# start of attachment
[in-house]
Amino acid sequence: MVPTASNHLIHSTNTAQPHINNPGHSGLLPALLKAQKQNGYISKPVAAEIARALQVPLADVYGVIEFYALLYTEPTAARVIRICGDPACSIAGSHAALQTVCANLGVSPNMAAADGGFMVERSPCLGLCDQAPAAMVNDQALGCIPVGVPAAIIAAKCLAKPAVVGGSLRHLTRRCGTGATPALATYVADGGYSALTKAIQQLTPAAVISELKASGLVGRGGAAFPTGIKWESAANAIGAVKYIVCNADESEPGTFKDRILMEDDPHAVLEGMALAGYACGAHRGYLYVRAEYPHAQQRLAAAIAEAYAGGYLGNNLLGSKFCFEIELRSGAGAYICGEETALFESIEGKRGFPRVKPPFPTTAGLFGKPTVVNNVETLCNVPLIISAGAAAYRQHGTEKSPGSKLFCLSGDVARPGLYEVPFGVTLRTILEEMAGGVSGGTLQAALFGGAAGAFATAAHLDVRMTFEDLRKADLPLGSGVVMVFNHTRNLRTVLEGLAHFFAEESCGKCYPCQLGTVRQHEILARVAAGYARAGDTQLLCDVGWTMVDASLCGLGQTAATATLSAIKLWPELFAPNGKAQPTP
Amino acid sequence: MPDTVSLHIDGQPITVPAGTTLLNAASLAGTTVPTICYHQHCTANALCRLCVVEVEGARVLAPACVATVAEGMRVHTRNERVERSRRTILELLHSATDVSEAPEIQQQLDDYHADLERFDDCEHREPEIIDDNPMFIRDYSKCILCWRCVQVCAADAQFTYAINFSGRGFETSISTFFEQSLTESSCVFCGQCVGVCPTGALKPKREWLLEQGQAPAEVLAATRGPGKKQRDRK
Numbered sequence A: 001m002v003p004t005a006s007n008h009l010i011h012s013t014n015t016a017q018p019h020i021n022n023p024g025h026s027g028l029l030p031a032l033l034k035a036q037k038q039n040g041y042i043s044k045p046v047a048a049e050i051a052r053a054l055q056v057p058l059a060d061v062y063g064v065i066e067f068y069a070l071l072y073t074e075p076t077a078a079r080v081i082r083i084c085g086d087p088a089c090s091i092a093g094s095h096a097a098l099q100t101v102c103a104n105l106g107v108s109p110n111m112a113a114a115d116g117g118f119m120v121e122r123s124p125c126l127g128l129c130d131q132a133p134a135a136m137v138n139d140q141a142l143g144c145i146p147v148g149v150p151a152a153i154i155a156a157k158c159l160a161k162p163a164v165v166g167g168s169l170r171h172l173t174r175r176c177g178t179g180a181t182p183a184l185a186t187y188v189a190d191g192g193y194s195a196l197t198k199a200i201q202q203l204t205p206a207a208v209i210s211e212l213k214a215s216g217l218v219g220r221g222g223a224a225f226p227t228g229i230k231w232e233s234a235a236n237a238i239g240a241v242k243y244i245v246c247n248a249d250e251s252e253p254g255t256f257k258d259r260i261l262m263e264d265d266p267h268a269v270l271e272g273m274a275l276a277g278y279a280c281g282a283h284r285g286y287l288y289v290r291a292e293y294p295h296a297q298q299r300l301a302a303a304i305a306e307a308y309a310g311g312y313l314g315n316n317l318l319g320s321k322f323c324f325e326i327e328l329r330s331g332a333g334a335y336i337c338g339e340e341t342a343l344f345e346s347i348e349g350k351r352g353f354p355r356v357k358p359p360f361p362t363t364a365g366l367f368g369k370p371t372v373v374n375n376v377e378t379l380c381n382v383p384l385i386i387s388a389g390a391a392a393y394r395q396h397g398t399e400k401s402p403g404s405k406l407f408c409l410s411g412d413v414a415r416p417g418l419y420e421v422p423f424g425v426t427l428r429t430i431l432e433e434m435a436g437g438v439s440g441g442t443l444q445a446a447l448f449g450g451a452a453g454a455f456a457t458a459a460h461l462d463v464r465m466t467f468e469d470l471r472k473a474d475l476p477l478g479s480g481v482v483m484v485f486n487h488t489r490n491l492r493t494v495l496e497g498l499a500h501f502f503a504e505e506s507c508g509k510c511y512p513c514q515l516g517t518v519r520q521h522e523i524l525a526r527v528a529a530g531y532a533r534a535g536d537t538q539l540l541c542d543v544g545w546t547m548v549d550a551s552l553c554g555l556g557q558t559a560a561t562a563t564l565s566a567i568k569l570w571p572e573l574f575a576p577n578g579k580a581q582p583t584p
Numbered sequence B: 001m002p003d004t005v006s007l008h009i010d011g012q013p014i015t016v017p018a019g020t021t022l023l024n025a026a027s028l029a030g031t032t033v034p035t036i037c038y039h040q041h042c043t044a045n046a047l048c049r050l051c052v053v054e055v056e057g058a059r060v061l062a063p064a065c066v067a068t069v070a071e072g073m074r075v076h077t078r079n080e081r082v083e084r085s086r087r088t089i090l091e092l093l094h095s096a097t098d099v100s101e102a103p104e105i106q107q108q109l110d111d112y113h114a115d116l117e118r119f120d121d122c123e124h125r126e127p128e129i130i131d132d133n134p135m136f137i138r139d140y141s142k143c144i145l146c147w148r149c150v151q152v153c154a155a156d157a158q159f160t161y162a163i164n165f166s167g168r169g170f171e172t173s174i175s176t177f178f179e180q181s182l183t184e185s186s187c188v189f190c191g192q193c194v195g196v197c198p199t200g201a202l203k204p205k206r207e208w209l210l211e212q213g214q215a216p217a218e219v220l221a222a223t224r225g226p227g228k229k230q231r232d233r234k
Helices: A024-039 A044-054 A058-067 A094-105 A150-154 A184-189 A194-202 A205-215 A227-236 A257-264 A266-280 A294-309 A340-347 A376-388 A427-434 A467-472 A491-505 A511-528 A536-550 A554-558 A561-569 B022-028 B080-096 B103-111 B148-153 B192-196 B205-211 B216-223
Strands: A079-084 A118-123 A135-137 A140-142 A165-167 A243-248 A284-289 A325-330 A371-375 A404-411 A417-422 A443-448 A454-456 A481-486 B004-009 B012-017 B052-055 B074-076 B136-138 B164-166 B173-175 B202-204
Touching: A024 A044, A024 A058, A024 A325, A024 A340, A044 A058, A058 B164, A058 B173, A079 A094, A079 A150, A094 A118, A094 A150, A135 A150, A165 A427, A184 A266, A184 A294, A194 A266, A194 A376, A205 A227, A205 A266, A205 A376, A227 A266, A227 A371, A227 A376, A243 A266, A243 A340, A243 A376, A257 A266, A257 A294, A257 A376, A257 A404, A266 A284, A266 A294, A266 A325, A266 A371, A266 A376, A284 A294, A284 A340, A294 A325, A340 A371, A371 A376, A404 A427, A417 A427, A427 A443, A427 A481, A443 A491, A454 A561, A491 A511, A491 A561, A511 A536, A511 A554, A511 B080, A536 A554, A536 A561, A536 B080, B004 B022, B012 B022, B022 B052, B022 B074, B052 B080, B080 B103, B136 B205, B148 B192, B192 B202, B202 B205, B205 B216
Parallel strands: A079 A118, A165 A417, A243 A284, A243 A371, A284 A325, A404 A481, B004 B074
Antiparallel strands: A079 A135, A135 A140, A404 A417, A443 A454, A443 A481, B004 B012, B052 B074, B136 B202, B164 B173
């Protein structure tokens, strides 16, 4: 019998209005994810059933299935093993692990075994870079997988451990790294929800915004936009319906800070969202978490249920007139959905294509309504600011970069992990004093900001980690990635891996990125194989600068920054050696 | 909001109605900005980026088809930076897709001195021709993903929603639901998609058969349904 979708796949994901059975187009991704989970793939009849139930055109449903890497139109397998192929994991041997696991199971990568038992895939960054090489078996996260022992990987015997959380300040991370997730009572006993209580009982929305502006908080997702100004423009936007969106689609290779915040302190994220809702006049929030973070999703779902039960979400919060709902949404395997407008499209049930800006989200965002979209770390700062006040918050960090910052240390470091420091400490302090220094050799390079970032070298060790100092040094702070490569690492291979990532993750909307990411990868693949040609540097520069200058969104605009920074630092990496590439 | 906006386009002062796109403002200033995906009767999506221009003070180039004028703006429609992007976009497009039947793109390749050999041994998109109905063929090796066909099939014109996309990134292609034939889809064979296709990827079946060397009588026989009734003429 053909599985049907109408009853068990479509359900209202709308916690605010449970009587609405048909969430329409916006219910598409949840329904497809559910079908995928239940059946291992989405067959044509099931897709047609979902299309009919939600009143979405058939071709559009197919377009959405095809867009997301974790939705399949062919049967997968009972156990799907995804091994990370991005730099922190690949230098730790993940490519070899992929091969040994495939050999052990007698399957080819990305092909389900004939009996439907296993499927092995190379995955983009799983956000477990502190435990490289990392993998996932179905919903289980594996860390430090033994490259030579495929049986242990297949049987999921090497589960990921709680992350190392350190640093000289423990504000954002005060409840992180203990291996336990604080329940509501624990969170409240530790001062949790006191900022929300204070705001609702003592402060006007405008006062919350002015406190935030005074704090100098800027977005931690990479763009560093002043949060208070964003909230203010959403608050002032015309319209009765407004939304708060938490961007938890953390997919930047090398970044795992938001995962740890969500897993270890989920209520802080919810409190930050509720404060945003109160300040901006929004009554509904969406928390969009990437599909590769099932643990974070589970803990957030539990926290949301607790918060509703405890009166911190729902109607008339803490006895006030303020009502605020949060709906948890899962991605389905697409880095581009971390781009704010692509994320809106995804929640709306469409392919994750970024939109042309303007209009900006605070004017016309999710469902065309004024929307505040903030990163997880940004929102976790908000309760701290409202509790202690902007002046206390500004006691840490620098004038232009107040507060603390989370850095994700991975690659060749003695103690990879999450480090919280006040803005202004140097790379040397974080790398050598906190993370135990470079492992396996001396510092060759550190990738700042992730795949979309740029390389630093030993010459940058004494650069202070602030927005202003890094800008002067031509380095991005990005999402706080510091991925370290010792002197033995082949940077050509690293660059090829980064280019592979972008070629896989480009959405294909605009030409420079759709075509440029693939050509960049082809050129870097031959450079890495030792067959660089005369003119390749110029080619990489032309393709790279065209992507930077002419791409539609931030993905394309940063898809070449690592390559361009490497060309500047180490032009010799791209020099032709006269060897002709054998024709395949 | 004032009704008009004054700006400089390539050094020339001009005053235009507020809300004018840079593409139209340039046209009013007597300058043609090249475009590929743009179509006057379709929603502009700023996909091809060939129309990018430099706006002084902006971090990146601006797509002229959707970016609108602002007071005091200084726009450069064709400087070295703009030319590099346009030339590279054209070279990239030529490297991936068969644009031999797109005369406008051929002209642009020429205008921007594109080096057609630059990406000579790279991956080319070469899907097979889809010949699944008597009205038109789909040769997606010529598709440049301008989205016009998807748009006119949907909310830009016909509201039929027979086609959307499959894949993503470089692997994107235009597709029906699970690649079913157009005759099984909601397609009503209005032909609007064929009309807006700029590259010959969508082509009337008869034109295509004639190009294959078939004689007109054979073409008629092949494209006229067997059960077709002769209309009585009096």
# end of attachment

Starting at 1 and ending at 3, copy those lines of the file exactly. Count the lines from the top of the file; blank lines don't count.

[in-house]
Amino acid sequence: MVPTASNHLIHSTNTAQPHINNPGHSGLLPALLKAQKQNGYISKPVAAEIARALQVPLADVYGVIEFYALLYTEPTAARVIRICGDPACSIAGSHAALQTVCANLGVSPNMAAADGGFMVERSPCLGLCDQAPAAMVNDQALGCIPVGVPAAIIAAKCLAKPAVVGGSLRHLTRRCGTGATPALATYVADGGYSALTKAIQQLTPAAVISELKASGLVGRGGAAFPTGIKWESAANAIGAVKYIVCNADESEPGTFKDRILMEDDPHAVLEGMALAGYACGAHRGYLYVRAEYPHAQQRLAAAIAEAYAGGYLGNNLLGSKFCFEIELRSGAGAYICGEETALFESIEGKRGFPRVKPPFPTTAGLFGKPTVVNNVETLCNVPLIISAGAAAYRQHGTEKSPGSKLFCLSGDVARPGLYEVPFGVTLRTILEEMAGGVSGGTLQAALFGGAAGAFATAAHLDVRMTFEDLRKADLPLGSGVVMVFNHTRNLRTVLEGLAHFFAEESCGKCYPCQLGTVRQHEILARVAAGYARAGDTQLLCDVGWTMVDASLCGLGQTAATATLSAIKLWPELFAPNGKAQPTP
Amino acid sequence: MPDTVSLHIDGQPITVPAGTTLLNAASLAGTTVPTICYHQHCTANALCRLCVVEVEGARVLAPACVATVAEGMRVHTRNERVERSRRTILELLHSATDVSEAPEIQQQLDDYHADLERFDDCEHREPEIIDDNPMFIRDYSKCILCWRCVQVCAADAQFTYAINFSGRGFETSISTFFEQSLTESSCVFCGQCVGVCPTGALKPKREWLLEQGQAPAEVLAATRGPGKKQRDRK